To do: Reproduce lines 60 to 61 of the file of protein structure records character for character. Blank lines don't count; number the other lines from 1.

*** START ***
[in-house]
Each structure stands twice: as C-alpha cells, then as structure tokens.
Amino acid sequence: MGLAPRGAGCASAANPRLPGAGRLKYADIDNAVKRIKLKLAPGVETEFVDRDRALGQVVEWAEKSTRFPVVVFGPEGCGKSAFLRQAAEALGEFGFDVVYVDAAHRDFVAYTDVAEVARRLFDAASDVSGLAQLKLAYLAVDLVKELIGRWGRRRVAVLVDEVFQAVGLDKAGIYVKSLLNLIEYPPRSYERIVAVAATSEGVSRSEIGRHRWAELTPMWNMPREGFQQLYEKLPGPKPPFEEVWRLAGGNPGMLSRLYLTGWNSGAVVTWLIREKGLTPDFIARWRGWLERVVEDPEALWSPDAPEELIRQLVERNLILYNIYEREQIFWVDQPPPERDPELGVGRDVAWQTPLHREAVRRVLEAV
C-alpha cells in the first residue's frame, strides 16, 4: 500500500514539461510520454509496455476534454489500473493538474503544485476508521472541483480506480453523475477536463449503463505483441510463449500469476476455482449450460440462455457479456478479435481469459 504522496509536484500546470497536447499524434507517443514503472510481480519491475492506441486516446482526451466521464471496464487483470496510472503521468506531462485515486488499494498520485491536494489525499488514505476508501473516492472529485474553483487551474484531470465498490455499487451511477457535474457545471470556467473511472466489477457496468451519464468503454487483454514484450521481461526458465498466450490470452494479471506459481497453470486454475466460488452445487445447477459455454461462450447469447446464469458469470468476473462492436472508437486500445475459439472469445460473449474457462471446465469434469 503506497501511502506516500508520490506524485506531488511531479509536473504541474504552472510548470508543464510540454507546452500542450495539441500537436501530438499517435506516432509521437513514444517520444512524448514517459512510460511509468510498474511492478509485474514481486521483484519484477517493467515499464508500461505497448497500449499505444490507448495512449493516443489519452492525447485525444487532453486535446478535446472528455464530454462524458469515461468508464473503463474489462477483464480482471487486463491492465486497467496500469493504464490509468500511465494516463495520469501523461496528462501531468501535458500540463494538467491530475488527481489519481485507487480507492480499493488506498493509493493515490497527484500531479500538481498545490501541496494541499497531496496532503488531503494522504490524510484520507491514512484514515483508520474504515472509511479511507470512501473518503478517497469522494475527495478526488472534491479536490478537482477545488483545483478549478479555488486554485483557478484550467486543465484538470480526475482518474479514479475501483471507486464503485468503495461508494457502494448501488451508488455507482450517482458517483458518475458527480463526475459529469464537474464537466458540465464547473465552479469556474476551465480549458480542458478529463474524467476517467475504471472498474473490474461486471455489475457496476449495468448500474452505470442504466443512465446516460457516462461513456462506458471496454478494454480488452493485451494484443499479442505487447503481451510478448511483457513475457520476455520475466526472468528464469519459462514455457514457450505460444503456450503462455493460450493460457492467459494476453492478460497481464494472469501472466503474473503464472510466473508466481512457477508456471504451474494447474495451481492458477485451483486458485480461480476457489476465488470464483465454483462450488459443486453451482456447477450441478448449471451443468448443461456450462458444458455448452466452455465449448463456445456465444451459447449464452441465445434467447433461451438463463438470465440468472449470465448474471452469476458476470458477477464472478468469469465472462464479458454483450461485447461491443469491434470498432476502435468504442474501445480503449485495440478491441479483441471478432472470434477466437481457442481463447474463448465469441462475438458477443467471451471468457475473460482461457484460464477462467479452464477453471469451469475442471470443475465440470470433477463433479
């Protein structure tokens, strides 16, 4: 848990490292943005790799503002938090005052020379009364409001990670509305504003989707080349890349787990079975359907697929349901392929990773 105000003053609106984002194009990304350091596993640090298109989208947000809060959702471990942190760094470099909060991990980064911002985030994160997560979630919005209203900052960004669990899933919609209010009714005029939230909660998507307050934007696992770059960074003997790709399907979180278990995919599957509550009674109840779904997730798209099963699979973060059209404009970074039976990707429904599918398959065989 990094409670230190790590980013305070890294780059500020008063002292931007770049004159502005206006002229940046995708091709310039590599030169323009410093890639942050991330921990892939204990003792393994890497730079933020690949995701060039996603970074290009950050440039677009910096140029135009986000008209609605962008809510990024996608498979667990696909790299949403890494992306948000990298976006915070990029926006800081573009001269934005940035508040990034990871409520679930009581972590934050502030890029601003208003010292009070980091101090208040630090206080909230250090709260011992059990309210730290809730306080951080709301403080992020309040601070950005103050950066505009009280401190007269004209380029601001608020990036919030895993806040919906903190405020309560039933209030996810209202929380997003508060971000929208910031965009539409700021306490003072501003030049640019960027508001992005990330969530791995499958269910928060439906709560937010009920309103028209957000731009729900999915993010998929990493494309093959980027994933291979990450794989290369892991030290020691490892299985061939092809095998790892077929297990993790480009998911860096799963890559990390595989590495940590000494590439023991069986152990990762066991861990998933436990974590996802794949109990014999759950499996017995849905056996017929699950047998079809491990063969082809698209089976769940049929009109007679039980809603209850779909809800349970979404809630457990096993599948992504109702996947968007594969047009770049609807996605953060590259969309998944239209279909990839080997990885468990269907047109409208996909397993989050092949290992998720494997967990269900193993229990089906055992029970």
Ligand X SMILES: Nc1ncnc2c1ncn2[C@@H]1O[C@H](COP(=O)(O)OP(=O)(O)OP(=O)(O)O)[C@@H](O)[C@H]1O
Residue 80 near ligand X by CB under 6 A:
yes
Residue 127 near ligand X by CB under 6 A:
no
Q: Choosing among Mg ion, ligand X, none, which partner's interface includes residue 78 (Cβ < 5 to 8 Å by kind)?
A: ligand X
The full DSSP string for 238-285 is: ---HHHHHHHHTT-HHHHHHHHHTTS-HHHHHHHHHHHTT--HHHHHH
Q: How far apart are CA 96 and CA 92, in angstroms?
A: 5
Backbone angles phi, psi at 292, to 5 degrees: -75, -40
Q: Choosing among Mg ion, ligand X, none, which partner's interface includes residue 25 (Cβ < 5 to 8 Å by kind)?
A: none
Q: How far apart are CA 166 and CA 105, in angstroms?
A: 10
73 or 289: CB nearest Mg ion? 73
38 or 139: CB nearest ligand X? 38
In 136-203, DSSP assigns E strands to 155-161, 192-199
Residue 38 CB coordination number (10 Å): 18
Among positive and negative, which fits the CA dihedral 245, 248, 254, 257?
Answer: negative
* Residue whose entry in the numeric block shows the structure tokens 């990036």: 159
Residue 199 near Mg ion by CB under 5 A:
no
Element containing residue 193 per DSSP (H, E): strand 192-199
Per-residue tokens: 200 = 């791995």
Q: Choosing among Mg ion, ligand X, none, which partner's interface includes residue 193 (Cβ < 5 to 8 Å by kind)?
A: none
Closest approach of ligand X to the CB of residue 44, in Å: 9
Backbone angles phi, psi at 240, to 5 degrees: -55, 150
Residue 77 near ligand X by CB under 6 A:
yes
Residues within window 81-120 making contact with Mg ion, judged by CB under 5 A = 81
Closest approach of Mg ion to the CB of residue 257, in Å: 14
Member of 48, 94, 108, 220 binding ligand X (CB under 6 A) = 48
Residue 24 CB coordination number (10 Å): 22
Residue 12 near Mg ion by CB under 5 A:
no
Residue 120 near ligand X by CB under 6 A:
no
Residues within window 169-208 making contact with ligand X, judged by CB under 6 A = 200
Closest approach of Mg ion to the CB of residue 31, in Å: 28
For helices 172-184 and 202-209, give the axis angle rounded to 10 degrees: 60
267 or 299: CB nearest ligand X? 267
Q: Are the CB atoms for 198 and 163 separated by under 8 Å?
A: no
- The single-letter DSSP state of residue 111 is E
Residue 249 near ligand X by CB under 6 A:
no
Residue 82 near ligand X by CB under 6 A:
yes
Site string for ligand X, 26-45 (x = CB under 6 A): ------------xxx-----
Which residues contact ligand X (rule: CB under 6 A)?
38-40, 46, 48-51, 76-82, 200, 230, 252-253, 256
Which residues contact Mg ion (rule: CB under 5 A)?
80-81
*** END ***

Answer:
Which residues contact Mg ion (rule: CB under 5 A)?
80-81